Data from the California Learning Assessment System
are used to examine certain characteristics of tests
designed as the composites of items of different modes.
The characteristics include rater severity, test information,
and definition of the latent variable. Three different
assessment modes-multiple-choice, open-ended, and
investigation items (the latter two are referred to as performance-
based modes)-were combined in a test across
three different test forms. Rater severity was investigated
by incorporating a rater parameter for each rater in
an item response model that then was used to analyze
the data. Some rater severities were found to be quite
extreme, and the impact of this variation in rater severities
on both total scores and trait level estimates was examined.
Within-rater variation in rater severity also was
examined and was found to have significant variation.
The information contribution of the three modes was
compared. Performance-based items provided more information
than multiple-choice items and also provided
greatest precision for higher levels of the latent variable.
A projection-like method was applied to investigate the
effects of assessment mode on the definition of the latent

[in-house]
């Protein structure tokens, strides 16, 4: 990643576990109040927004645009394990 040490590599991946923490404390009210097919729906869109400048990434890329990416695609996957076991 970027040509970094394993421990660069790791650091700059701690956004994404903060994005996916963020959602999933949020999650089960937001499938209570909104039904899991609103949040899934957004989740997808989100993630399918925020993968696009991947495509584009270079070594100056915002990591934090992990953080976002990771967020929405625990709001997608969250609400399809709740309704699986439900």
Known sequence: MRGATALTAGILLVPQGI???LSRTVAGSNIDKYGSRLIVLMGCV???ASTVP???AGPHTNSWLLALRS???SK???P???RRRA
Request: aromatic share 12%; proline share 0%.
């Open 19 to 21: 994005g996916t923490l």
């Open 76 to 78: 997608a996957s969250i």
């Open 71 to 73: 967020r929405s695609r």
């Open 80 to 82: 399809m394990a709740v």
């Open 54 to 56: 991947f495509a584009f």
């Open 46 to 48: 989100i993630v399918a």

variable. The multiple-choice items added information
to the performance-based variable. The results of
the analysis also showed that the projection-like method
did not practically differ from the results when the latent
trait was defined jointly by both the multiple-choice and
the performance-based items. Index terms: equating,
linking, multiple assessment modes, polytomous item response
models, rater effects.
Wilson, Mark & Wang, Wen-chung. (1995). Complex composites: Issues that arise in combining different modes of assessment. Applied Psychological Measurement, 19, 51-71. doi:10.1177/014662169501900107
Wilson, Mark; Wang, Wen-chung.
Complex composites: Issues that arise in combining different modes of assessment.
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